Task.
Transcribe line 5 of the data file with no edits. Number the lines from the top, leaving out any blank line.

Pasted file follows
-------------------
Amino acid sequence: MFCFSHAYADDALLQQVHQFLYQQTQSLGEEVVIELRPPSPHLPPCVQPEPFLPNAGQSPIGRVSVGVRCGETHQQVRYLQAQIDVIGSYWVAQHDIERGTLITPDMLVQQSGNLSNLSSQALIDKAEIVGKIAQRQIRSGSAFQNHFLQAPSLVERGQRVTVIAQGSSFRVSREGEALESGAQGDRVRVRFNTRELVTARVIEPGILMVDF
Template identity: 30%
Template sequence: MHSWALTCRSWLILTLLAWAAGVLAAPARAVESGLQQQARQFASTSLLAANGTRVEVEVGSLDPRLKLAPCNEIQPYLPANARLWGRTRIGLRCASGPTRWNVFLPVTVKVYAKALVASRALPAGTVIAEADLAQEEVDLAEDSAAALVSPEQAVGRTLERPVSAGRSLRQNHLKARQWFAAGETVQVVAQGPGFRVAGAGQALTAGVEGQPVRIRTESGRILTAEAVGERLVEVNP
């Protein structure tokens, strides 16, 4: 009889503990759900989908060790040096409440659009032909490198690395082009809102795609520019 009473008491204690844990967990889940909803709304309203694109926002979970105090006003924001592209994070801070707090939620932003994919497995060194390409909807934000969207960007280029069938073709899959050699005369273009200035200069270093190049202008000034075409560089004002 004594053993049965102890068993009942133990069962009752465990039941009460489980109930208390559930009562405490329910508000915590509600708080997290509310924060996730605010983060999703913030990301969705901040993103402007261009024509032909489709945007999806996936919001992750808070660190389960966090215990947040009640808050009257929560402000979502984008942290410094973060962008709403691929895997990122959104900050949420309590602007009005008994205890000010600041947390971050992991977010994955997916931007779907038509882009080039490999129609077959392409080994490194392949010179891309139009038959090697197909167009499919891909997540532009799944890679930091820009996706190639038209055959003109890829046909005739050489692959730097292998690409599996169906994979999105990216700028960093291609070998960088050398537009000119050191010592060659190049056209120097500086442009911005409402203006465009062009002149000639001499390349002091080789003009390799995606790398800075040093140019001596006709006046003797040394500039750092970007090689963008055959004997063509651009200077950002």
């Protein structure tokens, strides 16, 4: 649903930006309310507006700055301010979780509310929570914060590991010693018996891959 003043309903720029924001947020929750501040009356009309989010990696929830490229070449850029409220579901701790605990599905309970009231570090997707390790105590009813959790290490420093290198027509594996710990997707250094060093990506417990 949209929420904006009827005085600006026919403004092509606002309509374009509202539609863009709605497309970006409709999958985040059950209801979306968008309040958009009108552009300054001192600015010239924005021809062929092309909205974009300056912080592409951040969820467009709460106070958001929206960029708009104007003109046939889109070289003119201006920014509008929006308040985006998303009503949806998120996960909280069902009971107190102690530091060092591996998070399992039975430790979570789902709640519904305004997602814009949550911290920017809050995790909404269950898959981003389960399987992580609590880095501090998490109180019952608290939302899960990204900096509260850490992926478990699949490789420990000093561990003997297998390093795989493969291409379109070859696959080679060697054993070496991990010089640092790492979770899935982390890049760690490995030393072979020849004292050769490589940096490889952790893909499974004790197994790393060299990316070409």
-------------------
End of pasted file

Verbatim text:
């Protein structure tokens, strides 16, 4: 649903930006309310507006700055301010979780509310929570914060590991010693018996891959 003043309903720029924001947020929750501040009356009309989010990696929830490229070449850029409220579901701790605990599905309970009231570090997707390790105590009813959790290490420093290198027509594996710990997707250094060093990506417990 949209929420904006009827005085600006026919403004092509606002309509374009509202539609863009709605497309970006409709999958985040059950209801979306968008309040958009009108552009300054001192600015010239924005021809062929092309909205974009300056912080592409951040969820467009709460106070958001929206960029708009104007003109046939889109070289003119201006920014509008929006308040985006998303009503949806998120996960909280069902009971107190102690530091060092591996998070399992039975430790979570789902709640519904305004997602814009949550911290920017809050995790909404269950898959981003389960399987992580609590880095501090998490109180019952608290939302899960990204900096509260850490992926478990699949490789420990000093561990003997297998390093795989493969291409379109070859696959080679060697054993070496991990010089640092790492979770899935982390890049760690490995030393072979020849004292050769490589940096490889952790893909499974004790197994790393060299990316070409």